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U.S. livestock: CME live cattle, hogs sag while digesting meat warnings

(Canada Beef Inc. photo)

Chicago | Reuters — Chicago Mercantile Exchange live cattle futures closed lower on Monday, following last Friday’s cash prices that fell short of expectations and worries over potential consumer response to news about a possible tie to red meat and cancer risk, traders said.

The World Health Organization (WHO) warned that eating processed meats can lead to bowel cancer in humans, and red meat is a likely cause of the disease.

Spot October closed 1.475 cents/lb. lower at 139.55, and December down 1.4 cents, to 142 (all figures US$).

Some investors were skittish about the WHO’s announcement.

Cassandra Fish, author of industry blog The Beef, said she does not believe the organization’s decision will impact U.S. beef consumption, based on numerous recommendations in past years that have been “walked back” or reversed.

“Consumers are weary and wary of this type of rhetoric at this point and most fall into the ‘consume in moderation’ mode supported by common sense,” she added.

Meanwhile, packers late last Friday paid $134.50 to $138 per cwt for market-ready, or cash, cattle, compared to $134 to $137 in the previous week.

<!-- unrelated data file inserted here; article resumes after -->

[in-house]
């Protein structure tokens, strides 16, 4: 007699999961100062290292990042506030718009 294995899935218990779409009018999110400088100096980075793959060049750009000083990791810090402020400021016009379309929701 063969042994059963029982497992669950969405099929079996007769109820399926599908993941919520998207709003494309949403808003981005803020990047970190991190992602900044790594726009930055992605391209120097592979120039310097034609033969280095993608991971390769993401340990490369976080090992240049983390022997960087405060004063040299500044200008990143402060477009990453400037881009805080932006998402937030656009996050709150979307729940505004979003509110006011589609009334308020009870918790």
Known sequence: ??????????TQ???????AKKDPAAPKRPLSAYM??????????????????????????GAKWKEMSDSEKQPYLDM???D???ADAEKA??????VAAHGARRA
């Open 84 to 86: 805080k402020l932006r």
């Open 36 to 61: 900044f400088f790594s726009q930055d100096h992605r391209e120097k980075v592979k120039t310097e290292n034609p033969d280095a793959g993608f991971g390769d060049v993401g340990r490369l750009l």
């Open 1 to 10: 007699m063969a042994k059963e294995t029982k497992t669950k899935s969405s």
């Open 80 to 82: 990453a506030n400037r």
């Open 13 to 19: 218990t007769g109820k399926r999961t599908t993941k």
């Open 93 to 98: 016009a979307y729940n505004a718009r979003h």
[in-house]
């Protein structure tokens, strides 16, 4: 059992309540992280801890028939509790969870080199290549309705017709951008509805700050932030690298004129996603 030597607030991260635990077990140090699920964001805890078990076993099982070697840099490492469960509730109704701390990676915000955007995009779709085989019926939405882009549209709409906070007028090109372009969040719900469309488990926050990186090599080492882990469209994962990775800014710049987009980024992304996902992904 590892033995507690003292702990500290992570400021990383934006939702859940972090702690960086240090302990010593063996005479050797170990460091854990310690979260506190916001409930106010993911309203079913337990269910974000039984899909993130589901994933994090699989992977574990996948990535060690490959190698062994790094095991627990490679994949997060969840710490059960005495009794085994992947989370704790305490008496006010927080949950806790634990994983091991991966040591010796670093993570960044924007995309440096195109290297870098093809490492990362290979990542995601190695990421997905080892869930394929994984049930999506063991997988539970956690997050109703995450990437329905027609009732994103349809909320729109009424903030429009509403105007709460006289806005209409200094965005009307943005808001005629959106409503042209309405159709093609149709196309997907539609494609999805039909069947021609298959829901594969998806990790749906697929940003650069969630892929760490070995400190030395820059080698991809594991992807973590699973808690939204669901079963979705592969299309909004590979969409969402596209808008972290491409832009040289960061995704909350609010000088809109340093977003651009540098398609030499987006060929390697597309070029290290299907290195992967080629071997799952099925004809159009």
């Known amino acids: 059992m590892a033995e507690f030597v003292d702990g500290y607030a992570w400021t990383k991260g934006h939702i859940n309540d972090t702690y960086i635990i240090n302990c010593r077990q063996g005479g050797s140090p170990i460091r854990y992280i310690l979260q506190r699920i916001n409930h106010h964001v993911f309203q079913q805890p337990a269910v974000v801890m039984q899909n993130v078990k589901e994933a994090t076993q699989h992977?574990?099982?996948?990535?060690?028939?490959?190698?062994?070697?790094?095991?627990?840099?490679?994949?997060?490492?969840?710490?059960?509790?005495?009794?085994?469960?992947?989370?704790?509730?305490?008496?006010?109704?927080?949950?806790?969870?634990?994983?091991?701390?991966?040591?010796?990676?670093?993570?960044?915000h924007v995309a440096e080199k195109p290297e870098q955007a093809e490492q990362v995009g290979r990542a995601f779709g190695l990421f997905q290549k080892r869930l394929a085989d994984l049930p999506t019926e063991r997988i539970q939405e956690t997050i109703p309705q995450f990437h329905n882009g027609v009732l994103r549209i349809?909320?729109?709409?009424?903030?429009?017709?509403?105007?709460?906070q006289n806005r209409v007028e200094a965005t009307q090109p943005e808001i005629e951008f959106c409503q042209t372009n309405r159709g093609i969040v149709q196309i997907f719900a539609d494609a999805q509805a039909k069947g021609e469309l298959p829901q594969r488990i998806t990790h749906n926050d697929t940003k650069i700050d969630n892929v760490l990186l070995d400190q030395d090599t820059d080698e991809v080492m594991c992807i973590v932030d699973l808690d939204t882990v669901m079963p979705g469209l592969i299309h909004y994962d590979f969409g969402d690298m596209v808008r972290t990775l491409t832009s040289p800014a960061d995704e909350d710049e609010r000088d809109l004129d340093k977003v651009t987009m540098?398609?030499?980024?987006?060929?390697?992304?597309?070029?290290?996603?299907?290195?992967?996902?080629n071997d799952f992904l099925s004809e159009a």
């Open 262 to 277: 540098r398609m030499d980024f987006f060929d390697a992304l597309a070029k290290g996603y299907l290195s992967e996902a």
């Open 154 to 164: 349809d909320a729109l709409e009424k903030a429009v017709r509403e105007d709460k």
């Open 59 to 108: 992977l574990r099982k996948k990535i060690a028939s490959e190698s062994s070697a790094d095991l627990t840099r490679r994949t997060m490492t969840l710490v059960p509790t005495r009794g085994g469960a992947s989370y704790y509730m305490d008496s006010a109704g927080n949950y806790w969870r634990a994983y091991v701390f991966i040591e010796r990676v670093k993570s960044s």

Processors have resisted spending more for high-priced cattle that has whittled down their profits in recent weeks, along with the slowdown in wholesale beef demand.

Monday morning’s wholesale choice beef price was up one penny to $217.18/cwt from Friday. Select cuts slipped 22 cents, to $210.68, the U.S. Department of Agriculture said.

The average beef packer margin for Monday was $4.40 per head, down from $14.80 on Friday and $75.50 a week ago, as calculated by HedgersEdge.com.

Live cattle market selling pressured CME feeder cattle futures, with October ending 1.375 cents/lb. lower at 193.675 cents.

Hog futures pare early gains

CME lean hogs ended lower after WHO’s statement and soft cash prices amid ample supplies, which turned back early-session advances, trader said.

December closed 0.75 cent/lb. lower at 62.85 cents, and February down 0.35 cent, to 65.8.

Cash hog prices in the Midwest on Monday morning were down as much as $2 from Friday, regional hog dealers said.

The morning’s wholesale pork price rose $1.05 from Friday to $87.03/cwt, following two days of declines, based on USDA data.

Pork prices for all cuts may have dropped enough to generate last-minute retail buying for October Pork Month, a trader said. But ham, turkey and beef will be the “main draw” in weeks ahead, he said.

Theopolis Waters reports on livestock markets for Reuters from Chicago.

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